Syllabus Entrance
Printer Friendly
Email Syllabus

ED 531 Literacy Across the Curriculum
Corum, Jennifer A.


New Page 1

Literacy Across the Curriculum

ED 531

Spring I – 2004

Thursdays 5:00-9:30pm 

    INSTRUCTOR:                      Jennifer Corum, MA, NBCT

 

PHONE NUMBERS/            (816) 468-7277  (Home)

                                                (816) 741-1511 ext. 410 (Plaza Middle School)

 

E-MAIL                                   corumj@parkhill.k12.mo.us

 

OFFICE HOURS:                  I will generally be available one half hour before class.

                                   

TEXTS:                                  Tompkins, Gail E.       Literacy for the 21st Century

 

 

MISSION STATEMENT:  The mission of Park University, an entrepreneurial institution of learning, is to provide access to academic excellence, which will prepare learners to think critically, communicate effectively and engage in lifelong learning while serving a global community.

 

VISION STATEMENT:  Park University will be a renowned international leader in providing innovative educational opportunities for learners within the global society.

 

COURSE DESCRIPTION: An exploration of new definitions of literacy and strategies for integrating literacies (including reading, writing, listening, speaking, viewing and visually

representing) across subject areas in elementary, middle and high schools. Literacy research will be examined, and students will create and present an instructional unit designed to integrate literacy skills in the context of subject area instruction in their own classrooms.

 

FACULTY’S EDUCATIONAL PHILOSOPHY:  As an instructor, I strive to empower educators to integrate hands-on activities, which provide learning connections, within their individual classrooms.  I believe reflective practices and organizational skills assist educators in their daily planning and student success. Modeled after my own classroom, educators will be actively engaged and will utilize cooperative learning activities to engage in the discoveries of the course and adventures in learning.  

 

COURSE OBJECTIVES:  Upon competition of this course:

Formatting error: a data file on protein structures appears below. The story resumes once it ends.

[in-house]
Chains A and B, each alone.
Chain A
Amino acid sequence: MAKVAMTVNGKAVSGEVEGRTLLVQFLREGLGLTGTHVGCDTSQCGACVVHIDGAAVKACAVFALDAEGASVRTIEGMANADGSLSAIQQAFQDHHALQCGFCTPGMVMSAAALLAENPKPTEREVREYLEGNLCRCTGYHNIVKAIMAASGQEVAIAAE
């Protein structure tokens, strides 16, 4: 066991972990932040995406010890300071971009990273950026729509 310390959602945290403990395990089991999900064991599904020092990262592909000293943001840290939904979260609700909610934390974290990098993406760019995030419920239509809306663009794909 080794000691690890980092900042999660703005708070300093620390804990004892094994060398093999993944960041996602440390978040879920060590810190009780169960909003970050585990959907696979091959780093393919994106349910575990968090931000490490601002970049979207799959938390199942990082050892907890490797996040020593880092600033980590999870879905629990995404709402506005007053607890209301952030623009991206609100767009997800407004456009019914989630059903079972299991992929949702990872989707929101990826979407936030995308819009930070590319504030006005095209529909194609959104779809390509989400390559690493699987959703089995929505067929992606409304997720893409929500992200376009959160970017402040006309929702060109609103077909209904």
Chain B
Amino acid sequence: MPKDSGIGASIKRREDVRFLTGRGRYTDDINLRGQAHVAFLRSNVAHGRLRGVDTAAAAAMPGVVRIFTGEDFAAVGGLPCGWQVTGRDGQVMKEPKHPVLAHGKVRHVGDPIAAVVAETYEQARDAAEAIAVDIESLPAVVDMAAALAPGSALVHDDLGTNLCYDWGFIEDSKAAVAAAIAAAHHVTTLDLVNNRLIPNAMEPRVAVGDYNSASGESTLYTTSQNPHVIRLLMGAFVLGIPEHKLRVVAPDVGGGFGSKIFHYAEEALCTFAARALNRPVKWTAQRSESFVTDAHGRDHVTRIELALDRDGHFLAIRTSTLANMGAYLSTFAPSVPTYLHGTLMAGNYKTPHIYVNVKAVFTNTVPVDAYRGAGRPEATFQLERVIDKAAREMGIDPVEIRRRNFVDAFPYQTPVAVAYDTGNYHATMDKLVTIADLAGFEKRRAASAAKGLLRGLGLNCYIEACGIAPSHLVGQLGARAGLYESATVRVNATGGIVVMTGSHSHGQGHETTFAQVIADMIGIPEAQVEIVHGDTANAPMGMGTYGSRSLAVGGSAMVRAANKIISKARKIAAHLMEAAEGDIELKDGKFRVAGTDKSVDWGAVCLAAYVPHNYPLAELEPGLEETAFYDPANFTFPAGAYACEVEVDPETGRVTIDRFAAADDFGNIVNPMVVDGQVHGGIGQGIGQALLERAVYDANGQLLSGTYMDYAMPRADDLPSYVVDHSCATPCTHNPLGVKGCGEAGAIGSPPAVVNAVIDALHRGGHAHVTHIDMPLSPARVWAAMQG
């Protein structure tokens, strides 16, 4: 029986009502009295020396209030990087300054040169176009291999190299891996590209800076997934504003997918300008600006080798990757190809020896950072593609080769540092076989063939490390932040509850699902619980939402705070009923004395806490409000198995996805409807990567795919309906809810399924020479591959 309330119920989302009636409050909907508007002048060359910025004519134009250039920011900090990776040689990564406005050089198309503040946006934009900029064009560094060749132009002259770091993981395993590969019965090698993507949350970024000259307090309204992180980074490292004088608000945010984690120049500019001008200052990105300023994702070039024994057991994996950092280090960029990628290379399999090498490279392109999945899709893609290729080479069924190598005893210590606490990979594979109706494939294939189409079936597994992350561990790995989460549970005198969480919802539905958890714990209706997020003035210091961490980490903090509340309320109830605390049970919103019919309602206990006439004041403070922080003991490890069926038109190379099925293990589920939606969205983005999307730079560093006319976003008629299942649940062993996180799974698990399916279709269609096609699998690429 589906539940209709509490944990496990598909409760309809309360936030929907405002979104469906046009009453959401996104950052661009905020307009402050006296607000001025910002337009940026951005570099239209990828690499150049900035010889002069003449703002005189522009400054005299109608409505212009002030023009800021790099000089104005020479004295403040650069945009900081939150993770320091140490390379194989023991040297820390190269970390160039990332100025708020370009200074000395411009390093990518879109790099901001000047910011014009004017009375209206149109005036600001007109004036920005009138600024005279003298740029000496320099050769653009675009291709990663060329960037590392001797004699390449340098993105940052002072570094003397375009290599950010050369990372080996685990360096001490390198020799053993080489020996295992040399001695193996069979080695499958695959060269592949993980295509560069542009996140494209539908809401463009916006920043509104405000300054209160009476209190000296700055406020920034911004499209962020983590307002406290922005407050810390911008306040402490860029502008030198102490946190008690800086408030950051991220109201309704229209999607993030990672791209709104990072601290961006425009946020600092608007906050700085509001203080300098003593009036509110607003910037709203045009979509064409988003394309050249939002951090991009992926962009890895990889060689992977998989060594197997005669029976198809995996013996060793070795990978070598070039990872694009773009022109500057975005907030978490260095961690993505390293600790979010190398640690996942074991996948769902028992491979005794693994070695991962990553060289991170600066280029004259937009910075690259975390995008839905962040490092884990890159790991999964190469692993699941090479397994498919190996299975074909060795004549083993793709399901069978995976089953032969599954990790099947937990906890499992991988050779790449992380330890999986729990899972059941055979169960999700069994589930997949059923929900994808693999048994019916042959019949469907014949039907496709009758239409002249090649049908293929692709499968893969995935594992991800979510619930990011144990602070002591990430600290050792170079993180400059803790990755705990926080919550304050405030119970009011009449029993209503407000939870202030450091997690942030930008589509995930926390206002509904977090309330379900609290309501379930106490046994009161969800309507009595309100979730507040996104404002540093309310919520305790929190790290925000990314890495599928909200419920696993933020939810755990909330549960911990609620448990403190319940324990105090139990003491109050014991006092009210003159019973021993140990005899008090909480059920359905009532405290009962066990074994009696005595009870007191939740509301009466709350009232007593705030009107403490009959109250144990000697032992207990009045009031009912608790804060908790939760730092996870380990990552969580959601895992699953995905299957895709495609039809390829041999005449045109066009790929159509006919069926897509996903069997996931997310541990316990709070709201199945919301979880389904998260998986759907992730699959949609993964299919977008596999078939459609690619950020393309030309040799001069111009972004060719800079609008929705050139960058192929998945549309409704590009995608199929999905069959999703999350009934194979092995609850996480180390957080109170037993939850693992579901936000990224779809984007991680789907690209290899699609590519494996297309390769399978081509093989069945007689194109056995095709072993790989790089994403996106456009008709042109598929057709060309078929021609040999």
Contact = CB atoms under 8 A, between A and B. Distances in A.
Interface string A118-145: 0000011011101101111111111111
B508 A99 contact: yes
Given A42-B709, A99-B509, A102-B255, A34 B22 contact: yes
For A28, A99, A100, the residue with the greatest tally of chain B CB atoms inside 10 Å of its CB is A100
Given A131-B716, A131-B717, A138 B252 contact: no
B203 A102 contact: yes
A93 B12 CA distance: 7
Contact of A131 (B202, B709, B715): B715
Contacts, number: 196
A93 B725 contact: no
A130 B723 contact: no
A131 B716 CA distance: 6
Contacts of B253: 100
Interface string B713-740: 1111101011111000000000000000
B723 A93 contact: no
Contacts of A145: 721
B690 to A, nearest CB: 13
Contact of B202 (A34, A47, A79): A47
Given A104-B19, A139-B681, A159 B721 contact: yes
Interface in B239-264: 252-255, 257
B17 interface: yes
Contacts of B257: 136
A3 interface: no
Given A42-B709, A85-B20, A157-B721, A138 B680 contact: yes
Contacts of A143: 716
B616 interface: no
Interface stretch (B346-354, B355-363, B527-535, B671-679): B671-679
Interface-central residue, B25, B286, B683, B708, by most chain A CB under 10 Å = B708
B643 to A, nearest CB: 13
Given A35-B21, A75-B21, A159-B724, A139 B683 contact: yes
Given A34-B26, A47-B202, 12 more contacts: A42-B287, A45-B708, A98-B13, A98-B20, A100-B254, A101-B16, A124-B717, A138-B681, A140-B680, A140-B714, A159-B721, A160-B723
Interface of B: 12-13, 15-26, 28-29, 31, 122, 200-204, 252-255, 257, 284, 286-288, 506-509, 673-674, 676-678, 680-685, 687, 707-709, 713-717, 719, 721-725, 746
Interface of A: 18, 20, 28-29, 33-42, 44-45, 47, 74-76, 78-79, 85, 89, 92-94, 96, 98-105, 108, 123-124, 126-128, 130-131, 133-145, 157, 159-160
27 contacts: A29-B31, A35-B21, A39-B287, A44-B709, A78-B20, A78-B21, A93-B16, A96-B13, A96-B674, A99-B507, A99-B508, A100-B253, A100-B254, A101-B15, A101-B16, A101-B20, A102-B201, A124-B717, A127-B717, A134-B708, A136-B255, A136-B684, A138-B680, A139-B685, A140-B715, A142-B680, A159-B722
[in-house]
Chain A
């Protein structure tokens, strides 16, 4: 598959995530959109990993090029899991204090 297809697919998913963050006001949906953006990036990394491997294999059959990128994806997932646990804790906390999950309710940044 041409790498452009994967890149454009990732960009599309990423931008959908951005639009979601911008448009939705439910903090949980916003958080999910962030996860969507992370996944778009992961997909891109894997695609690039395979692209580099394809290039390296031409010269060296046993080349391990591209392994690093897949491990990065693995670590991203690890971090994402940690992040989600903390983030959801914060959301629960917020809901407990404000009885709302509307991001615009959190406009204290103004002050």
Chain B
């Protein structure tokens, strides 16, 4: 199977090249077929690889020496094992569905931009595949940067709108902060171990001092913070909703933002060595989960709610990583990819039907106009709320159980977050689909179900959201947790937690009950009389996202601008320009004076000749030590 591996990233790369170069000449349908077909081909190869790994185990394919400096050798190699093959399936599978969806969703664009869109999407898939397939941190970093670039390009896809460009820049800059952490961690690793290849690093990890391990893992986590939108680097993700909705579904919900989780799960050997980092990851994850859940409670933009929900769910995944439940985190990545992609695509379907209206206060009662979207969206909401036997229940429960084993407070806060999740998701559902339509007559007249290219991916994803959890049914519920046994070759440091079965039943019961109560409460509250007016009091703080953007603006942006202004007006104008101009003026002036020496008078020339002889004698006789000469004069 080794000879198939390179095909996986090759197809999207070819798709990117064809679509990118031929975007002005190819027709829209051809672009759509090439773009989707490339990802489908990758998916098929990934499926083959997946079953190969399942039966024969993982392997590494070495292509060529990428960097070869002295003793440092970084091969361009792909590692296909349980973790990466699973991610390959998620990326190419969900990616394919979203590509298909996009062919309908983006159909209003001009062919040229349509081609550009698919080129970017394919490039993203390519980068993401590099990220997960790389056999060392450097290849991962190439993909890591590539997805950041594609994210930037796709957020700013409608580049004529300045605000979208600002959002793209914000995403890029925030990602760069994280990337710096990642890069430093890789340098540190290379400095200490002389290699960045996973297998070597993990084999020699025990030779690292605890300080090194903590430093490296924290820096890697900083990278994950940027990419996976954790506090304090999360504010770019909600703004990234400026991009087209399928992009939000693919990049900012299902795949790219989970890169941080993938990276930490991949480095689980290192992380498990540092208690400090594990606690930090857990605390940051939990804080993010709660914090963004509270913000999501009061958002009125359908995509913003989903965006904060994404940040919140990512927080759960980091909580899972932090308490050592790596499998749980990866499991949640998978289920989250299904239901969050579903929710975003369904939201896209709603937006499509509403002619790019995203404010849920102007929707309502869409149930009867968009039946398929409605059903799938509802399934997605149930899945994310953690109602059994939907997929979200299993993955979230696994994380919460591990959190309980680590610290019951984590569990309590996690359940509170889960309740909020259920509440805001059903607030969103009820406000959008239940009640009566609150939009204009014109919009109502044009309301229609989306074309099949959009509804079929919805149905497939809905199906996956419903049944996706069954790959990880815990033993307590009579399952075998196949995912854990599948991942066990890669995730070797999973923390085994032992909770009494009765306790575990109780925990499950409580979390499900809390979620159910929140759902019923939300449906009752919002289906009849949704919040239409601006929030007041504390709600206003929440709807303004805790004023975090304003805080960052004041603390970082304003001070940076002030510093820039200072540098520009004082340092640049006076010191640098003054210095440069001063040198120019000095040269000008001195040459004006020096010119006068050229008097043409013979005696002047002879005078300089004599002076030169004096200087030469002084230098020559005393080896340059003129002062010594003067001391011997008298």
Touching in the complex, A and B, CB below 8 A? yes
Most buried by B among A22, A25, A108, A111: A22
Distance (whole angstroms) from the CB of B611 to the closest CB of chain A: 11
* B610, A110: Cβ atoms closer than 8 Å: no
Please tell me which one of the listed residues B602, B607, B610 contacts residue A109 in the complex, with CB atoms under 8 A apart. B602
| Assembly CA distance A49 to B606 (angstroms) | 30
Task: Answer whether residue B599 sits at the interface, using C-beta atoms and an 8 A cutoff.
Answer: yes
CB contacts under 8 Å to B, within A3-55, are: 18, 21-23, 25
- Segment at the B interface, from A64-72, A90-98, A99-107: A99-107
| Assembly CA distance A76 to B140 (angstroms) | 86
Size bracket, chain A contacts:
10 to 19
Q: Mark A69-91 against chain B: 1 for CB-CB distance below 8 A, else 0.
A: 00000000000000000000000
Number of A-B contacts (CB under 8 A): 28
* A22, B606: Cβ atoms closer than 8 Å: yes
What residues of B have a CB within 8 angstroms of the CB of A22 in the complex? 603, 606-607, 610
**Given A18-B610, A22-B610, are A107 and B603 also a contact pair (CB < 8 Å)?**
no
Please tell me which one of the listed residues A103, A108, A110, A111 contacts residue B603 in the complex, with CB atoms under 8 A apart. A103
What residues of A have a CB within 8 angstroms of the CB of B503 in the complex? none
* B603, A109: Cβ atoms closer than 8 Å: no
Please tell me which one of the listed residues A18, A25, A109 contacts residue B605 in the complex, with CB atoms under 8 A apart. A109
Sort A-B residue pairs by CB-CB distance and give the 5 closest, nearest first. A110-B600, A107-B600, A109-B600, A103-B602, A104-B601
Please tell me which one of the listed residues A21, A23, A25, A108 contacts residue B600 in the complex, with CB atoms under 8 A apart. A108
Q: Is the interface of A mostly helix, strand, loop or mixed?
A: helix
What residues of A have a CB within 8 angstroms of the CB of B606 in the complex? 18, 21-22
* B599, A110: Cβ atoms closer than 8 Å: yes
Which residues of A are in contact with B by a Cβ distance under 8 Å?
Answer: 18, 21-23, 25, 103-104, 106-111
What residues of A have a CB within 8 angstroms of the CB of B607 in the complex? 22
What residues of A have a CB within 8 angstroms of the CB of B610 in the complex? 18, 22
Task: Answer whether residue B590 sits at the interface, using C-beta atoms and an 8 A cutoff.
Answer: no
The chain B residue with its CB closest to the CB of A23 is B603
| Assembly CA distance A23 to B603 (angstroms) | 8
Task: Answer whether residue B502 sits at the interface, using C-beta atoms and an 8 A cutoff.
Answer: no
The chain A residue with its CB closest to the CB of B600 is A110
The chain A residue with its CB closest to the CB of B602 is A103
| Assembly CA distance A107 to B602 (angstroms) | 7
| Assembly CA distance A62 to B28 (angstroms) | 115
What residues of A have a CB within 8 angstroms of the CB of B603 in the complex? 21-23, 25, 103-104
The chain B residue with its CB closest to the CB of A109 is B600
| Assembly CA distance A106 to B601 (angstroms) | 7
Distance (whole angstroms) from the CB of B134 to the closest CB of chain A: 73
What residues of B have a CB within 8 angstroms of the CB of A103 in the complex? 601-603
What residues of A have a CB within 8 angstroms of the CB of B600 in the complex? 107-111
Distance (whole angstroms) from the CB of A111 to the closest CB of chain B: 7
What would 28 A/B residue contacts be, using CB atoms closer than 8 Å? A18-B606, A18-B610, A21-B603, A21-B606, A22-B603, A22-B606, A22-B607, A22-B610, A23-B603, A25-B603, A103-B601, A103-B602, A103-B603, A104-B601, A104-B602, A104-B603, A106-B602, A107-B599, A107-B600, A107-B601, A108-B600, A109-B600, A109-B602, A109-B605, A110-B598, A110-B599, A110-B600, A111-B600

1.      Learners will describe current literacy theories and some of the strategies suggested by these theories. (MoStep Standards 1.2.1, 1.2.2)

2.      Learners will describe how current literacy theories could be applied within their specific classrooms to meet the diverse literacy needs of students (MoStep Standards 1.2.1, 1.2.2, 1.2.3.)

3.      Learners will name and be able to access various resources that can assist them in developing literacy instruction across the curriculum. (MoStep Standards 1.2.9)

4.      Learners will develop and formulate their own theories of literacy and literacy instruction; these theories will draw both from current literacy theories and from their own classroom experiences.  (Mo Step Standards 1.2, 1.2.9)

 

 

5.      Learners will design interdisciplinary literacy instruction for their own classrooms that incorporates literacy skills (reading, writing, listening, speaking, viewing and visually representing) and various kids of texts (written, oral and visual) within the context of subject area instruction. (MoStep Standards 1.2.1, 1.2.5, 1.2.7, 1.2.9)

6.      Learners will design interdisciplinary literacy instruction that promotes active learning and student ownership, and that is sensitive to the individual needs of the wide range of students that is found in a typical classroom.  (MoStep Standards 1.2.3, 1.2.9)

7.      Learners will describe and evaluate procedures for authentic literacy assessment, and will design appropriate procedures to assess literacy within their own classrooms. (MoStep Standards 1.2.8)

8.      Learners will share literacy theories and strategies with colleagues. (MoStep Standards 1.2.10)

9.      Learners will describe how to integrate state and national standards writing their subject area instruction while still maintaining an authentic approach to literacy.  (MoStep Standards 1.2.4)

 

ACADEMIC HONESTY: “Academic Honesty is required of all members of a learning community.  Hence, Park will not tolerate cheating or plagiarism on tests, examinations, papers or other course assignments.  Students who engage in such dishonesty may be given failing grades or expelled from Park.”